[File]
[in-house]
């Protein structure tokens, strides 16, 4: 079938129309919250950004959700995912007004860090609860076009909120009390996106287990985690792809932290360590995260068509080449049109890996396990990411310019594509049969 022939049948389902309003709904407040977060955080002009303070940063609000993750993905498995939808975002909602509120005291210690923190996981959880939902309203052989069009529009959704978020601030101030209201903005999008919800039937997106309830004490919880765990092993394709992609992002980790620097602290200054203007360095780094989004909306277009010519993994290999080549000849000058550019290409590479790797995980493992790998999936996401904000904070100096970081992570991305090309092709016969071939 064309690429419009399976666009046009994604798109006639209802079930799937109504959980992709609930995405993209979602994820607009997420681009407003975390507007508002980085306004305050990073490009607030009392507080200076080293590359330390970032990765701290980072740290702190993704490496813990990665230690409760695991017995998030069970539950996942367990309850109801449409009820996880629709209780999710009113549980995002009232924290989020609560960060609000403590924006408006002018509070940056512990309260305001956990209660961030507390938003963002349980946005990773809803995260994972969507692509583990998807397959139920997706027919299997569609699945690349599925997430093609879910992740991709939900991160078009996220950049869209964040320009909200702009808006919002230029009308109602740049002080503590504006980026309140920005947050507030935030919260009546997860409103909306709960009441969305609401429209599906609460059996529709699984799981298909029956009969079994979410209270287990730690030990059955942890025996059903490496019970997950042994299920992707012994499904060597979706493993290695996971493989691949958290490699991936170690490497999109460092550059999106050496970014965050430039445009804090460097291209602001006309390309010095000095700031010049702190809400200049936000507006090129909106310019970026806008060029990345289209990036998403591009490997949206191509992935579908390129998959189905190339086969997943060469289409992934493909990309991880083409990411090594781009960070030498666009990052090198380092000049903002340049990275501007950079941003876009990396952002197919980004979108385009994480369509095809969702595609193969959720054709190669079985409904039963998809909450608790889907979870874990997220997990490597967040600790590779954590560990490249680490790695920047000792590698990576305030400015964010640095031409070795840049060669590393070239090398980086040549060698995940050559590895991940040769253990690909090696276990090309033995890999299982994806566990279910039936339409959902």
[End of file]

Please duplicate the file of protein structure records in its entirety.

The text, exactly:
[in-house]
């Protein structure tokens, strides 16, 4: 079938129309919250950004959700995912007004860090609860076009909120009390996106287990985690792809932290360590995260068509080449049109890996396990990411310019594509049969 022939049948389902309003709904407040977060955080002009303070940063609000993750993905498995939808975002909602509120005291210690923190996981959880939902309203052989069009529009959704978020601030101030209201903005999008919800039937997106309830004490919880765990092993394709992609992002980790620097602290200054203007360095780094989004909306277009010519993994290999080549000849000058550019290409590479790797995980493992790998999936996401904000904070100096970081992570991305090309092709016969071939 064309690429419009399976666009046009994604798109006639209802079930799937109504959980992709609930995405993209979602994820607009997420681009407003975390507007508002980085306004305050990073490009607030009392507080200076080293590359330390970032990765701290980072740290702190993704490496813990990665230690409760695991017995998030069970539950996942367990309850109801449409009820996880629709209780999710009113549980995002009232924290989020609560960060609000403590924006408006002018509070940056512990309260305001956990209660961030507390938003963002349980946005990773809803995260994972969507692509583990998807397959139920997706027919299997569609699945690349599925997430093609879910992740991709939900991160078009996220950049869209964040320009909200702009808006919002230029009308109602740049002080503590504006980026309140920005947050507030935030919260009546997860409103909306709960009441969305609401429209599906609460059996529709699984799981298909029956009969079994979410209270287990730690030990059955942890025996059903490496019970997950042994299920992707012994499904060597979706493993290695996971493989691949958290490699991936170690490497999109460092550059999106050496970014965050430039445009804090460097291209602001006309390309010095000095700031010049702190809400200049936000507006090129909106310019970026806008060029990345289209990036998403591009490997949206191509992935579908390129998959189905190339086969997943060469289409992934493909990309991880083409990411090594781009960070030498666009990052090198380092000049903002340049990275501007950079941003876009990396952002197919980004979108385009994480369509095809969702595609193969959720054709190669079985409904039963998809909450608790889907979870874990997220997990490597967040600790590779954590560990490249680490790695920047000792590698990576305030400015964010640095031409070795840049060669590393070239090398980086040549060698995940050559590895991940040769253990690909090696276990090309033995890999299982994806566990279910039936339409959902």